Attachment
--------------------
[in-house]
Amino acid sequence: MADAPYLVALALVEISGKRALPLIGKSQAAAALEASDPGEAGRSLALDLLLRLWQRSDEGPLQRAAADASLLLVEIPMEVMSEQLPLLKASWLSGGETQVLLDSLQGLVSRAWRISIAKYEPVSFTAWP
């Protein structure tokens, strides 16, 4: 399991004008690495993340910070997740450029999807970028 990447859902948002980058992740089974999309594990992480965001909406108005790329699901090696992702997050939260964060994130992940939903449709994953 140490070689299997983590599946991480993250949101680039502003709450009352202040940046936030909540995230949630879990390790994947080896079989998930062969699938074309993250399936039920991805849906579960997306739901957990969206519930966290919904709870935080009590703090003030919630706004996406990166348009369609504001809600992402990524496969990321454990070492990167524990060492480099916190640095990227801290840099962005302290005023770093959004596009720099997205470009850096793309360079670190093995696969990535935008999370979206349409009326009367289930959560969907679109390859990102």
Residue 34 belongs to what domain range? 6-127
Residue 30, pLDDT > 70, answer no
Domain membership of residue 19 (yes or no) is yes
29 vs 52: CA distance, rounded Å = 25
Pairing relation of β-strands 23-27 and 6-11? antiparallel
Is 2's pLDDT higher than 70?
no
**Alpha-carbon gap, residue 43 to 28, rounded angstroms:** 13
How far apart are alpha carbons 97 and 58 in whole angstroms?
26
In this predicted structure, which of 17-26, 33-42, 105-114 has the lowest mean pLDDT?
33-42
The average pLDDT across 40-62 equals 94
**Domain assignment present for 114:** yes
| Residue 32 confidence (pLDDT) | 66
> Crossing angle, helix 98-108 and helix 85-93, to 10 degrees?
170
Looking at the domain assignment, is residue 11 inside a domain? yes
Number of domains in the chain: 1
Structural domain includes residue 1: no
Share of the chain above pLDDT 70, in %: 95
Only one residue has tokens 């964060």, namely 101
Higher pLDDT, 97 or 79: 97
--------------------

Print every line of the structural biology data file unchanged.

[in-house]
Amino acid sequence: MADAPYLVALALVEISGKRALPLIGKSQAAAALEASDPGEAGRSLALDLLLRLWQRSDEGPLQRAAADASLLLVEIPMEVMSEQLPLLKASWLSGGETQVLLDSLQGLVSRAWRISIAKYEPVSFTAWP
């Protein structure tokens, strides 16, 4: 399991004008690495993340910070997740450029999807970028 990447859902948002980058992740089974999309594990992480965001909406108005790329699901090696992702997050939260964060994130992940939903449709994953 140490070689299997983590599946991480993250949101680039502003709450009352202040940046936030909540995230949630879990390790994947080896079989998930062969699938074309993250399936039920991805849906579960997306739901957990969206519930966290919904709870935080009590703090003030919630706004996406990166348009369609504001809600992402990524496969990321454990070492990167524990060492480099916190640095990227801290840099962005302290005023770093959004596009720099997205470009850096793309360079670190093995696969990535935008999370979206349409009326009367289930959560969907679109390859990102």
Residue 34 belongs to what domain range? 6-127
Residue 30, pLDDT > 70, answer no
Domain membership of residue 19 (yes or no) is yes
29 vs 52: CA distance, rounded Å = 25
Pairing relation of β-strands 23-27 and 6-11? antiparallel
Is 2's pLDDT higher than 70?
no
**Alpha-carbon gap, residue 43 to 28, rounded angstroms:** 13
How far apart are alpha carbons 97 and 58 in whole angstroms?
26
In this predicted structure, which of 17-26, 33-42, 105-114 has the lowest mean pLDDT?
33-42
The average pLDDT across 40-62 equals 94
**Domain assignment present for 114:** yes
| Residue 32 confidence (pLDDT) | 66
> Crossing angle, helix 98-108 and helix 85-93, to 10 degrees?
170
Looking at the domain assignment, is residue 11 inside a domain? yes
Number of domains in the chain: 1
Structural domain includes residue 1: no
Share of the chain above pLDDT 70, in %: 95
Only one residue has tokens 């964060």, namely 101
Higher pLDDT, 97 or 79: 97